If you ever head out on a long trip to a distant, remote, or exotic location, you may likely hear the phrase “from here to Timbuktu" used more than once. This popular phrase has been used for hundreds of years.
Not at all! Timbuktu is a very real city located in the West African country of Mali. It is an exotic location, though. Sitting about 12 miles north of the Niger River on the southern border of the Sahara Desert, Timbuktu is home to approximately 50,000 people.
So how did the real city of Timbuktu come to be associated with exotic mystery to the point that it's become legendary? Hundreds of years ago, Timbuktu went from a seasonal settlement to a permanent city. By the early 13th century, it was part of the Mali Empire and an important part of the trade route that shipped salt, gold, ivory, and slaves.
The home of an ancient Islamic university, Timbuktu was also known as a place for scholars in its Golden Age. Several important mosques were built, and Timbuktu became an important force in the spread of Islam in Africa.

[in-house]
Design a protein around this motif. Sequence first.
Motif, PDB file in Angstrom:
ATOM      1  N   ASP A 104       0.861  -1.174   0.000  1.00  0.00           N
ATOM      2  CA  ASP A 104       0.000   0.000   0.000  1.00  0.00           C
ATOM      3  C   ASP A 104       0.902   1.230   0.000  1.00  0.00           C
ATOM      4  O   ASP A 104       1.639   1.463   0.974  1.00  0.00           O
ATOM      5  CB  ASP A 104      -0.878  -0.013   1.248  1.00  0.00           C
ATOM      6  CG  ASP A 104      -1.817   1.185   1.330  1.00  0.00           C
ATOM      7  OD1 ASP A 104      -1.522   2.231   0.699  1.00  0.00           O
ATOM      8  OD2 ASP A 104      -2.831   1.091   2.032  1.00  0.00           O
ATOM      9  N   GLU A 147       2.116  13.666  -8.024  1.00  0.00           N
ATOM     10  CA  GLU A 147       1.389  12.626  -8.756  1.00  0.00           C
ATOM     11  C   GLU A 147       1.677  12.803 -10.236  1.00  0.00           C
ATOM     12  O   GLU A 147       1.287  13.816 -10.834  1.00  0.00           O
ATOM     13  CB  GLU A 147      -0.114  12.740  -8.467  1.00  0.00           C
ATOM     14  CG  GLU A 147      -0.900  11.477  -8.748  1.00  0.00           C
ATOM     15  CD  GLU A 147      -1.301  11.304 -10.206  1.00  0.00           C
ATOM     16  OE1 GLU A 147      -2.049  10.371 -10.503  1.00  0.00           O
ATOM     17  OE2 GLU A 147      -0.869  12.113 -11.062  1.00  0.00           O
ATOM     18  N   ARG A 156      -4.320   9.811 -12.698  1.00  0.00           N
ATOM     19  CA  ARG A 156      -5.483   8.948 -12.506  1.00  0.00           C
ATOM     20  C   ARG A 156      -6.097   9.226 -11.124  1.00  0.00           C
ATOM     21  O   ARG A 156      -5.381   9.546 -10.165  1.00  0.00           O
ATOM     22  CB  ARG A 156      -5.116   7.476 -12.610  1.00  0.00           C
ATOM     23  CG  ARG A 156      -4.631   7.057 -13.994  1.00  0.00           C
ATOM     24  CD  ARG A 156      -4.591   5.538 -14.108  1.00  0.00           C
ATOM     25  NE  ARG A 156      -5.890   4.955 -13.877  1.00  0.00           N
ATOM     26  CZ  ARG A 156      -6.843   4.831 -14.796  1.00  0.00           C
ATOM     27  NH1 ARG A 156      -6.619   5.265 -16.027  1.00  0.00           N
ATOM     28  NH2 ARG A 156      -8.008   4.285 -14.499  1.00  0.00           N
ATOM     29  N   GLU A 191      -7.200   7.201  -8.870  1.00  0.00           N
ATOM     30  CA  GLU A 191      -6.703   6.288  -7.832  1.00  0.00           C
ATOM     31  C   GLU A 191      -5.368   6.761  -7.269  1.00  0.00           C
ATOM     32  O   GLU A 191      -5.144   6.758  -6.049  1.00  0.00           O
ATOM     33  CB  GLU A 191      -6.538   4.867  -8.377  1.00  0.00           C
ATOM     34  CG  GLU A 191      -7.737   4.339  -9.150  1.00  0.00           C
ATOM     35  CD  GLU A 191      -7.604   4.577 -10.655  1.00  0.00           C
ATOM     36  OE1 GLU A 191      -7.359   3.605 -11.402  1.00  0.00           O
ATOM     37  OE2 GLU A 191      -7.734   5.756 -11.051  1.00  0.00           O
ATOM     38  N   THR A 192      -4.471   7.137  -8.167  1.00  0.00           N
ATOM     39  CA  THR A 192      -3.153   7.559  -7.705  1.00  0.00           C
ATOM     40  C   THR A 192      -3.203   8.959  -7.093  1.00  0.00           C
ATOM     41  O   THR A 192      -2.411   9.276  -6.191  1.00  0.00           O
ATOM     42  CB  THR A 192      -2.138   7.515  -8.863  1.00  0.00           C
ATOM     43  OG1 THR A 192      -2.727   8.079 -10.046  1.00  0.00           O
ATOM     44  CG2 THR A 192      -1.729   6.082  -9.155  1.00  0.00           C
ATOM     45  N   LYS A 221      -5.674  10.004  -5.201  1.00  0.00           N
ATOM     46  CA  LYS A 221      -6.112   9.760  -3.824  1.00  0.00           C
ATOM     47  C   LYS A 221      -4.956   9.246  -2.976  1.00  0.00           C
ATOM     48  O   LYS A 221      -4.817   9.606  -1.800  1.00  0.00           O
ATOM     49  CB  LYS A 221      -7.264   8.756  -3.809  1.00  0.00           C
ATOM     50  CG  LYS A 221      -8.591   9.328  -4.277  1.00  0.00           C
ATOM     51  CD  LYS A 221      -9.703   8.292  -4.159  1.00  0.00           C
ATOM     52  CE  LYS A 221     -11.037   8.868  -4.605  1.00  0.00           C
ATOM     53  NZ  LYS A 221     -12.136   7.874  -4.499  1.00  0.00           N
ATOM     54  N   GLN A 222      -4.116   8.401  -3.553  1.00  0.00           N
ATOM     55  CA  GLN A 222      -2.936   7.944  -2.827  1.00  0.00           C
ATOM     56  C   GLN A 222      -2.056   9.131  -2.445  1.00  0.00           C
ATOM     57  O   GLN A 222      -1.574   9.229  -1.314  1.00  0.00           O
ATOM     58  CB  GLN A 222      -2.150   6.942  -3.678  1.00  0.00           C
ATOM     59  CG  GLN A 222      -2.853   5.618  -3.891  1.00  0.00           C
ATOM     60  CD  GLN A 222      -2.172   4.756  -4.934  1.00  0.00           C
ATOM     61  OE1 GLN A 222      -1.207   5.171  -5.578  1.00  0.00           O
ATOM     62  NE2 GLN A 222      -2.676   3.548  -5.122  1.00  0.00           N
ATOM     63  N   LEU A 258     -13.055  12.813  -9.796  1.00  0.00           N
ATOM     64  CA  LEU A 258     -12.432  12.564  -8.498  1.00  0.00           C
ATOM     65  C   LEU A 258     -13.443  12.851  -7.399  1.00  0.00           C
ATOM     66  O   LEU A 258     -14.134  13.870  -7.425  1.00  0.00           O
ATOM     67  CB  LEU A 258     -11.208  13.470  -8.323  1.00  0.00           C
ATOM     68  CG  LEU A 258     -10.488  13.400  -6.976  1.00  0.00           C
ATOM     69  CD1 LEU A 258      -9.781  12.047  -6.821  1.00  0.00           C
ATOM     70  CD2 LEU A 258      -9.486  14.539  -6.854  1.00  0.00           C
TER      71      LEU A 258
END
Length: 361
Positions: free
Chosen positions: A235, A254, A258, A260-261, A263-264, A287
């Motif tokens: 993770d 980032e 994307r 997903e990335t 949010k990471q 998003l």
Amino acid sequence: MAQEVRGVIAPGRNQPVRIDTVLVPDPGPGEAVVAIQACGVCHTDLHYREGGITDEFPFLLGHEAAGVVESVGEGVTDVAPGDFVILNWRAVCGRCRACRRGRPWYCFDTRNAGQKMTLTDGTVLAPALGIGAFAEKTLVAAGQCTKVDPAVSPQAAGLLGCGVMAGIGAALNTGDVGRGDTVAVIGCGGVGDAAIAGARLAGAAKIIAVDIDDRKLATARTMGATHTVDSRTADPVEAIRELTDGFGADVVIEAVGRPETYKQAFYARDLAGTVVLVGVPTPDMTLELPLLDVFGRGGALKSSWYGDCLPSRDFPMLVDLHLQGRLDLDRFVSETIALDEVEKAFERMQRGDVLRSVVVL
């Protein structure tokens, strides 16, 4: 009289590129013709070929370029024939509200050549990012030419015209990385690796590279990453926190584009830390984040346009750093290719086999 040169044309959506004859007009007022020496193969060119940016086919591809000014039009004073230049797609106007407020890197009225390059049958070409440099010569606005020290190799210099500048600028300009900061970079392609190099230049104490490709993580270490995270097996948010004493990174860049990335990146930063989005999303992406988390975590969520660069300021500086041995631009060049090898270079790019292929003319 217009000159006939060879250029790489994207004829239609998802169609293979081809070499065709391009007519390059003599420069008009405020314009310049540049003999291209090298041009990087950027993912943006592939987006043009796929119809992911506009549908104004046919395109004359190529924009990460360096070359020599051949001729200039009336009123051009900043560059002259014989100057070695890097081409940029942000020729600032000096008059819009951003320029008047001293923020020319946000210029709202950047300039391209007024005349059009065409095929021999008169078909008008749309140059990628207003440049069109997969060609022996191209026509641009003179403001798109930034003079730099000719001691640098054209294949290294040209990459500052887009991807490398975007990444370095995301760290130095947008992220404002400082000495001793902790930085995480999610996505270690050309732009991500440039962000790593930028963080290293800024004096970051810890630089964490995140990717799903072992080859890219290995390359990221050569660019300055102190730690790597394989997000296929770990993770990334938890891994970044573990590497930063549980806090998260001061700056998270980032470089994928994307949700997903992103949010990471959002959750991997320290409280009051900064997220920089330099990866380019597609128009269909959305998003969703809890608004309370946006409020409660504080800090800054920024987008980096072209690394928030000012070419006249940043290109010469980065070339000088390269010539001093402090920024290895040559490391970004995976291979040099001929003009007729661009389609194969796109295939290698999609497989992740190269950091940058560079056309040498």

During this time, writers, including Leo Africanus and Shabeni, wrote magnificent tales of Timbuktu's wealth. These stories fascinated Europeans, who began to send expeditions to explore the west coast of Africa. It is these old stories that likely gave rise to Timbuktu's reputation as a faraway, mysterious, and exotic locale.
Today, however, Timbuktu resembles nothing of its former glory. It has become a desert town with sand for streets. Most of its residents live in poverty. In July 2012, it was overtaken by radical Islamist rebels, and many residents have fled the city for other areas.